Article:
Consider this scenario. A married man and father announces that he is leaving his wife and children in order to be “true to himself.” He has found another love, the most genuine love he has ever known, and he has already moved in with his new lover.
How would society react to him?
“You, sir, are an unfaithful, disloyal adulterer. You should be ashamed of yourself, leaving your wife and kids for another woman.”
He replies, “But it’s not for another woman. It’s for another man. I’m gay and I’ve come to terms with my identity. I won’t go on with the charade any longer, and I’m proud of my decision.”
How does society react now?
“You, sir, are a courageous hero. You have set an example for others to follow, and you should be commended for your boldness and integrity.”
So, if you commit adultery and abandon your family out of heterosexual desires, you are a despicable human being. But if you do it out of homosexual desires, you are a hero and champion. You even become an international celebrity, albeit not without some controversy.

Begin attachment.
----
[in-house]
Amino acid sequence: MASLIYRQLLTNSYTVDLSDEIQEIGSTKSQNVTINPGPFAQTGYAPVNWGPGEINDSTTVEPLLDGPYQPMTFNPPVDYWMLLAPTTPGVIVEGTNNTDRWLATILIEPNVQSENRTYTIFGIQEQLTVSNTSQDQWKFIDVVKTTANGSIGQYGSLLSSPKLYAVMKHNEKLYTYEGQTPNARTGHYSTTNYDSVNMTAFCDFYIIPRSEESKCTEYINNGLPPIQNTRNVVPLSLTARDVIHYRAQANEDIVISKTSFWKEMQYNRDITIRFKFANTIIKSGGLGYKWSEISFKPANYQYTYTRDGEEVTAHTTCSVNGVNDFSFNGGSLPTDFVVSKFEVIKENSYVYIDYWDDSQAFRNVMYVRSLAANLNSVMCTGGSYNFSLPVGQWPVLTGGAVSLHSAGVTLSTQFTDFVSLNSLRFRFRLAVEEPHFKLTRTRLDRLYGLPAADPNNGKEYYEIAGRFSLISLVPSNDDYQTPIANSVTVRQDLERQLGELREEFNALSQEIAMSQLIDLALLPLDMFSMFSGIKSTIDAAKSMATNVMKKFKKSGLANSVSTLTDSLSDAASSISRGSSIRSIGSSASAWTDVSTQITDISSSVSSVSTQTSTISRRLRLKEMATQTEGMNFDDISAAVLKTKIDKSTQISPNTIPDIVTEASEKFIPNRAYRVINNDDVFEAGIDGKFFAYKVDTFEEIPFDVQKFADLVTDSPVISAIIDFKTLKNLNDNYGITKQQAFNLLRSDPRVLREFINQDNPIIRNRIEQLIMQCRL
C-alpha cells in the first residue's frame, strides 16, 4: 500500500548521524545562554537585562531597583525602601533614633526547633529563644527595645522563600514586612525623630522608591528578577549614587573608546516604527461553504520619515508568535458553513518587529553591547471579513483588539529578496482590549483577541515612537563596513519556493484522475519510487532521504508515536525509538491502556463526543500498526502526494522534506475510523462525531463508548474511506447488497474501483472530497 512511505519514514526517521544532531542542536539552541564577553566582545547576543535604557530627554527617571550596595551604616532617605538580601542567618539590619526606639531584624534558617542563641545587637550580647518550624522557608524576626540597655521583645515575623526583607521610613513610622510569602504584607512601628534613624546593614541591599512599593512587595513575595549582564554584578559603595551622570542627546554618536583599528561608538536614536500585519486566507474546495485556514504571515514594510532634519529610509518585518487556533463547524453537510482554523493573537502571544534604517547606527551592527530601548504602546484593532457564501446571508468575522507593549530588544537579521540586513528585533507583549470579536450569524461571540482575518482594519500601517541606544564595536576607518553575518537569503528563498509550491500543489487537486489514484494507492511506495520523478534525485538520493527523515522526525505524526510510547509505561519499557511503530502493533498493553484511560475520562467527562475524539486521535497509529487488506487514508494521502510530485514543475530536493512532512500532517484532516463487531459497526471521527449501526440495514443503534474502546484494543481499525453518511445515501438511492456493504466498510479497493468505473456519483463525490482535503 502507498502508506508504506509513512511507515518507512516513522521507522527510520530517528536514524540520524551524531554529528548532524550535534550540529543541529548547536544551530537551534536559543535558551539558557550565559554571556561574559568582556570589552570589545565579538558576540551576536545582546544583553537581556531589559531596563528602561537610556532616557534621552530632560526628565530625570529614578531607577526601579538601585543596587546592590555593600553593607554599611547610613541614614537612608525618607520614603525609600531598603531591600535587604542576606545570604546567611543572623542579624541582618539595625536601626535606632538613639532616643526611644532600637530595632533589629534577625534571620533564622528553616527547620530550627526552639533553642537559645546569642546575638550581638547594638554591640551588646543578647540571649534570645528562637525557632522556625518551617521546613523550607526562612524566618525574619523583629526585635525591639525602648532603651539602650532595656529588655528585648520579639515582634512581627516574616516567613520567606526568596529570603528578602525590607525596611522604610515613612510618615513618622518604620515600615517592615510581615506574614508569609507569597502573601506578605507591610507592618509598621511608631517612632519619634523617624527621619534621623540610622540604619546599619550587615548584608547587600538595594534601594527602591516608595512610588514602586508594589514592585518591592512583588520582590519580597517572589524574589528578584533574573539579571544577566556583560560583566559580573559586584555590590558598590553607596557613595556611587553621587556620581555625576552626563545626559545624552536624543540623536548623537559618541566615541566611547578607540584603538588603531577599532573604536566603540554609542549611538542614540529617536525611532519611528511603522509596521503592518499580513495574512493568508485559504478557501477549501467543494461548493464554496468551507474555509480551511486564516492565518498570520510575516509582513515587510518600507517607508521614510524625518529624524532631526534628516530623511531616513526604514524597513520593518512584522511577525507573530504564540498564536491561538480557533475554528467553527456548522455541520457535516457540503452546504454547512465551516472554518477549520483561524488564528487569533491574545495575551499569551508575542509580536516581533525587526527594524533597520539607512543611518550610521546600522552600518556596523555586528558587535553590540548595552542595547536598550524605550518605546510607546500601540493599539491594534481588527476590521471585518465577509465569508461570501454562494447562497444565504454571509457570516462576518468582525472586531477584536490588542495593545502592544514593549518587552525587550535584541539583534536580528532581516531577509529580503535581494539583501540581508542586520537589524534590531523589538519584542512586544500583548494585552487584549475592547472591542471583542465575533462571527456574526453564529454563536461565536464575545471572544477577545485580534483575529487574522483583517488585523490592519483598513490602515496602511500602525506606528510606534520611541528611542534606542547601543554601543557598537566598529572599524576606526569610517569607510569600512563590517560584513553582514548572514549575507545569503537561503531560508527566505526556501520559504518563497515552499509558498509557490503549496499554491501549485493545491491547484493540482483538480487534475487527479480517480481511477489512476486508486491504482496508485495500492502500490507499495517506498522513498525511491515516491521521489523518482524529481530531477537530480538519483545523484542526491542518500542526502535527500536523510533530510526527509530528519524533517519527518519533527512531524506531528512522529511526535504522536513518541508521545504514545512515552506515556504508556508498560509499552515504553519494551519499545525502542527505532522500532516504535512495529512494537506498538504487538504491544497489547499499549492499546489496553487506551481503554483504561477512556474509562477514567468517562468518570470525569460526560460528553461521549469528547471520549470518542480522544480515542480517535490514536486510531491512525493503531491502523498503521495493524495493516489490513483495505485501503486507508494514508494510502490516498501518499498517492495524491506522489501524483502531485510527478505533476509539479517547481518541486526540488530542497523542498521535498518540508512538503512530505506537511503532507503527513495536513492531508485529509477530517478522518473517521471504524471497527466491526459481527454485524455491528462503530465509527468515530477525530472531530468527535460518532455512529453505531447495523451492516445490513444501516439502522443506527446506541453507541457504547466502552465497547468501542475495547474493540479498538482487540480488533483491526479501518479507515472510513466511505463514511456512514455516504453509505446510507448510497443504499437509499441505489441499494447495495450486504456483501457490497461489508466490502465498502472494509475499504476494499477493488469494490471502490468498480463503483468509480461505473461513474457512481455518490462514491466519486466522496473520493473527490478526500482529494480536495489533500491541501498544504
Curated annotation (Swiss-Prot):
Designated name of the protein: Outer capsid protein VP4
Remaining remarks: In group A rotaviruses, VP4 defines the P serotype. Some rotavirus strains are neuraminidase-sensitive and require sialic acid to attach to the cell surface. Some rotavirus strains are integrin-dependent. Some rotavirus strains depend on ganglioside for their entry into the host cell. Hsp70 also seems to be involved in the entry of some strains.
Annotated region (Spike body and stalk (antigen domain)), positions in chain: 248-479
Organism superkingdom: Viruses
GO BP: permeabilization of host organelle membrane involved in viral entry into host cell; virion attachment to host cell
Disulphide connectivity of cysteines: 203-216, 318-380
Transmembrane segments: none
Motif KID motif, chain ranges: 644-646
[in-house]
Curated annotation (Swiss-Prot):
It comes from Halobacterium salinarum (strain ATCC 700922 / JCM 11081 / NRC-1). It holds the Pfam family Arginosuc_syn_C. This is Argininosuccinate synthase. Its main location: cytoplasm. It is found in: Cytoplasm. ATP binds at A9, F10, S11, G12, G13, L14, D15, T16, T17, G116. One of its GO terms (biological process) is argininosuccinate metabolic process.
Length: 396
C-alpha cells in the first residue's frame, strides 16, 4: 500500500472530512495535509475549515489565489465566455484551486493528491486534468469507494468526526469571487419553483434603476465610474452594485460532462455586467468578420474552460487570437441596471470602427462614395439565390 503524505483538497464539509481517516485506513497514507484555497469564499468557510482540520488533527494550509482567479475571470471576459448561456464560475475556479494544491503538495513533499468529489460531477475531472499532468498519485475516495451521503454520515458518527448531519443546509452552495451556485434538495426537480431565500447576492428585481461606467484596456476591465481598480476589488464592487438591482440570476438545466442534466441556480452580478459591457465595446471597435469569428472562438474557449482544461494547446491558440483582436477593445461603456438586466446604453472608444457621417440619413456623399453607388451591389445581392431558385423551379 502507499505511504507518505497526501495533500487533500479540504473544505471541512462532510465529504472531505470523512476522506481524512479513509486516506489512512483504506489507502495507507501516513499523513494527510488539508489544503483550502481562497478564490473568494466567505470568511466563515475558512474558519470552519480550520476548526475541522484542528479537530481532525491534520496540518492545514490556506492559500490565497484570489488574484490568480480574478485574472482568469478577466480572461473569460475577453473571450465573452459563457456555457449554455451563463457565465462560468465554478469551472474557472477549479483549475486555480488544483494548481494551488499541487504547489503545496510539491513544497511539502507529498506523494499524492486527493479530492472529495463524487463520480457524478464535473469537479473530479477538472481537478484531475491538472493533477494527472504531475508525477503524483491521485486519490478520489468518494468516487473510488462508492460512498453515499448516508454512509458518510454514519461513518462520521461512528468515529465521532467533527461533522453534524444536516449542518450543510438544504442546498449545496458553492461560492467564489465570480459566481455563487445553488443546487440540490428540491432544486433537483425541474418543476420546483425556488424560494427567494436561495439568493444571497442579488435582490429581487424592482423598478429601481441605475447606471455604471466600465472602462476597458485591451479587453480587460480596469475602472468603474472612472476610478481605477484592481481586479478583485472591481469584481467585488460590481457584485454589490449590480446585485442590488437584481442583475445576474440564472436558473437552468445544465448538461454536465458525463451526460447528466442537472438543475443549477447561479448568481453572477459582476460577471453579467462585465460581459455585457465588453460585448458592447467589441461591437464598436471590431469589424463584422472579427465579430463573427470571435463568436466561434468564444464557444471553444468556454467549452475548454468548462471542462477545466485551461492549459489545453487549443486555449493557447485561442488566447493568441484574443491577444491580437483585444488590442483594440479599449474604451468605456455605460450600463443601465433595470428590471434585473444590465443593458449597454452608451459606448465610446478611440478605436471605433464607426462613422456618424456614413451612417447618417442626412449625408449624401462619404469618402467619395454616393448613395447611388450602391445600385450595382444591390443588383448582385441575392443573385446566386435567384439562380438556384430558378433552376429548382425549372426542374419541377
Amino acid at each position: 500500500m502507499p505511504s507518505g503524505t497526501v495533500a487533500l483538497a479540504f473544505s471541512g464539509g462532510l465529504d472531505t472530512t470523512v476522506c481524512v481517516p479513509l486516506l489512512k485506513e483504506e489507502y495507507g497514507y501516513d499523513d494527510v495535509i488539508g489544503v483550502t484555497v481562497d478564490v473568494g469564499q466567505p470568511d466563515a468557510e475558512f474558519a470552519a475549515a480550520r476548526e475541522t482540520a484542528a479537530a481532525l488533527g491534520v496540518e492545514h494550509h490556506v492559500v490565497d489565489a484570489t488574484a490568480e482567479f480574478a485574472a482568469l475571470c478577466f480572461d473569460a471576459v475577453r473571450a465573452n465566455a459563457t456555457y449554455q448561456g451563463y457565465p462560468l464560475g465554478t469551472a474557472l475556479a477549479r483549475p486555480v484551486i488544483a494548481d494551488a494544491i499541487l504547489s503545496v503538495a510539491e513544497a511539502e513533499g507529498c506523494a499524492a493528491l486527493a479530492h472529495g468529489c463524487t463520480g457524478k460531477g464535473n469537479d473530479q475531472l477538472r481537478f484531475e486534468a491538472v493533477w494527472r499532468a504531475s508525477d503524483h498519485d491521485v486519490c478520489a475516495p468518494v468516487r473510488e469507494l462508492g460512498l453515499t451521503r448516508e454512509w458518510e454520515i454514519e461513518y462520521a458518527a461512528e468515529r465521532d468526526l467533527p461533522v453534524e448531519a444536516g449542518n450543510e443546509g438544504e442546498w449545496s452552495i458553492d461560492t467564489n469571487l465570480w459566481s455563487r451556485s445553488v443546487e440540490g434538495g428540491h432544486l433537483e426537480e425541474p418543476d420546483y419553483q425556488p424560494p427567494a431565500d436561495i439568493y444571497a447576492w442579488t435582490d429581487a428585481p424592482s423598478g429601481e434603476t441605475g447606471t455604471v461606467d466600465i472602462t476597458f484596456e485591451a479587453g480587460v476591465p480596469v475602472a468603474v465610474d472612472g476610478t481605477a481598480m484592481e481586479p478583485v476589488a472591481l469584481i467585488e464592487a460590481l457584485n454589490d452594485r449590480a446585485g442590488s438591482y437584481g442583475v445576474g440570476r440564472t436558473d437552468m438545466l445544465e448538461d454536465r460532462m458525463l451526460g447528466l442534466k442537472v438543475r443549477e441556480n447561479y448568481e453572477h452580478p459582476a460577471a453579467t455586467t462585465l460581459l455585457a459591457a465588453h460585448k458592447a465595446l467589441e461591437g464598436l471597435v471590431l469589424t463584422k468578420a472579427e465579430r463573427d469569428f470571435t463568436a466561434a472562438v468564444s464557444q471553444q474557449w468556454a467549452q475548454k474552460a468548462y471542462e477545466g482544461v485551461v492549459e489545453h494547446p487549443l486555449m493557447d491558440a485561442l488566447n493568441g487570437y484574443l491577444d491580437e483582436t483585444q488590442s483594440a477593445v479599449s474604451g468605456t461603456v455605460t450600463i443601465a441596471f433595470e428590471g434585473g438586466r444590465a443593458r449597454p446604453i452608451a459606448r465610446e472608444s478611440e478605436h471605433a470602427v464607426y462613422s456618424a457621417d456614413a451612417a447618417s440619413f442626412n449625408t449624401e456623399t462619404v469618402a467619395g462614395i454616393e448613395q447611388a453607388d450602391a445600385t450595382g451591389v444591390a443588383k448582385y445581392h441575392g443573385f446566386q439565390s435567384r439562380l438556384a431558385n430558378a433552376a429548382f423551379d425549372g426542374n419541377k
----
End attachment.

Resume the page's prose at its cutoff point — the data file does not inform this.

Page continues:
Just ask Jim McGreevey, the former governor of New Jersey. Newsweek called his book The Confession, in which he recounts his own story, “An astonishingly candid memoir…brave and powerful.”
If Bill Clinton had left Hillary Clinton, finding his true love in Monica Lewinsky and writing a book about it, do you think his story would have been praised with similar words?
I’m quite aware that, in some cases, the wives were deeply sympathetic to their husbands’ struggles, recognizing that their spouses were fighting inner demons and were embarrassed at their inability to satisfy their wives.
LGBT activists would also tell us that, had society not forced gays into the closet, these men would never have been under pressure to marry women in the first place.
And I can only imagine the sense of emotional relief they experienced when they finally “came out.”